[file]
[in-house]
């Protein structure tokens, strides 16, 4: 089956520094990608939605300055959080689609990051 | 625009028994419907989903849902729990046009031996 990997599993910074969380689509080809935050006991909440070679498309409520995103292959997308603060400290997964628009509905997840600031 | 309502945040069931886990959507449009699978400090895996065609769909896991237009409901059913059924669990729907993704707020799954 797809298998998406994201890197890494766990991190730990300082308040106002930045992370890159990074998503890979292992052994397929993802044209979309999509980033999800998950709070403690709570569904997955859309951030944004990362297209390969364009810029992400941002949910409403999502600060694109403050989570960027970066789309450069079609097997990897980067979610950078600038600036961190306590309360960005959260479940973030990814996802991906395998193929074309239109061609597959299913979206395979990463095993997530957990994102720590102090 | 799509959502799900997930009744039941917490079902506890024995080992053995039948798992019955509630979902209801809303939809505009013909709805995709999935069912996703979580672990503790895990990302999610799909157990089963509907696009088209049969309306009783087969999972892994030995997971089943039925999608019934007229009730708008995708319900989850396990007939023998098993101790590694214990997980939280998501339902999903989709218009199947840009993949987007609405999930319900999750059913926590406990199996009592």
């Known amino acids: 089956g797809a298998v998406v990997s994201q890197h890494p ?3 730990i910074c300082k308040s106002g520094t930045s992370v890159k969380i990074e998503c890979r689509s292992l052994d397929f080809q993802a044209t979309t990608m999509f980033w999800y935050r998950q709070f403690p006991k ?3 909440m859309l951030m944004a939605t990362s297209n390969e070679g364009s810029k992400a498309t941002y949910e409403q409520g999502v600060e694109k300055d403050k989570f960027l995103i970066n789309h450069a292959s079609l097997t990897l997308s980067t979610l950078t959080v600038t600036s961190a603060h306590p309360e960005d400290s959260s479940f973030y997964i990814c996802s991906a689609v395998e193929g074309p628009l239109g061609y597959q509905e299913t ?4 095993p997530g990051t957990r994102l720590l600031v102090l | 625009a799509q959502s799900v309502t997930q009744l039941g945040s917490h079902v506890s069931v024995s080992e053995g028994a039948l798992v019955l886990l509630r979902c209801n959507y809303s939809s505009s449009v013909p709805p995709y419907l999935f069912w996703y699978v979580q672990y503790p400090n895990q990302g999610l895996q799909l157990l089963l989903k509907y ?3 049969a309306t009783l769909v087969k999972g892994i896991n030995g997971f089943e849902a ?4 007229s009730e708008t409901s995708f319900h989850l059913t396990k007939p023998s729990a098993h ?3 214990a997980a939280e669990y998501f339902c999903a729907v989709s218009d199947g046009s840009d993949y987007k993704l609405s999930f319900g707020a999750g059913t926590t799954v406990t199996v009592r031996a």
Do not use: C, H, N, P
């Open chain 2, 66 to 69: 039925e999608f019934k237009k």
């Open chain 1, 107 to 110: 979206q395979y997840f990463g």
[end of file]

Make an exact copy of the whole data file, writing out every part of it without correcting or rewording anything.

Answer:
[in-house]
């Protein structure tokens, strides 16, 4: 089956520094990608939605300055959080689609990051 | 625009028994419907989903849902729990046009031996 990997599993910074969380689509080809935050006991909440070679498309409520995103292959997308603060400290997964628009509905997840600031 | 309502945040069931886990959507449009699978400090895996065609769909896991237009409901059913059924669990729907993704707020799954 797809298998998406994201890197890494766990991190730990300082308040106002930045992370890159990074998503890979292992052994397929993802044209979309999509980033999800998950709070403690709570569904997955859309951030944004990362297209390969364009810029992400941002949910409403999502600060694109403050989570960027970066789309450069079609097997990897980067979610950078600038600036961190306590309360960005959260479940973030990814996802991906395998193929074309239109061609597959299913979206395979990463095993997530957990994102720590102090 | 799509959502799900997930009744039941917490079902506890024995080992053995039948798992019955509630979902209801809303939809505009013909709805995709999935069912996703979580672990503790895990990302999610799909157990089963509907696009088209049969309306009783087969999972892994030995997971089943039925999608019934007229009730708008995708319900989850396990007939023998098993101790590694214990997980939280998501339902999903989709218009199947840009993949987007609405999930319900999750059913926590406990199996009592």
């Known amino acids: 089956g797809a298998v998406v990997s994201q890197h890494p ?3 730990i910074c300082k308040s106002g520094t930045s992370v890159k969380i990074e998503c890979r689509s292992l052994d397929f080809q993802a044209t979309t990608m999509f980033w999800y935050r998950q709070f403690p006991k ?3 909440m859309l951030m944004a939605t990362s297209n390969e070679g364009s810029k992400a498309t941002y949910e409403q409520g999502v600060e694109k300055d403050k989570f960027l995103i970066n789309h450069a292959s079609l097997t990897l997308s980067t979610l950078t959080v600038t600036s961190a603060h306590p309360e960005d400290s959260s479940f973030y997964i990814c996802s991906a689609v395998e193929g074309p628009l239109g061609y597959q509905e299913t ?4 095993p997530g990051t957990r994102l720590l600031v102090l | 625009a799509q959502s799900v309502t997930q009744l039941g945040s917490h079902v506890s069931v024995s080992e053995g028994a039948l798992v019955l886990l509630r979902c209801n959507y809303s939809s505009s449009v013909p709805p995709y419907l999935f069912w996703y699978v979580q672990y503790p400090n895990q990302g999610l895996q799909l157990l089963l989903k509907y ?3 049969a309306t009783l769909v087969k999972g892994i896991n030995g997971f089943e849902a ?4 007229s009730e708008t409901s995708f319900h989850l059913t396990k007939p023998s729990a098993h ?3 214990a997980a939280e669990y998501f339902c999903a729907v989709s218009d199947g046009s840009d993949y987007k993704l609405s999930f319900g707020a999750g059913t926590t799954v406990t199996v009592r031996a």
Do not use: C, H, N, P
């Open chain 2, 66 to 69: 039925e999608f019934k237009k």
């Open chain 1, 107 to 110: 979206q395979y997840f990463g």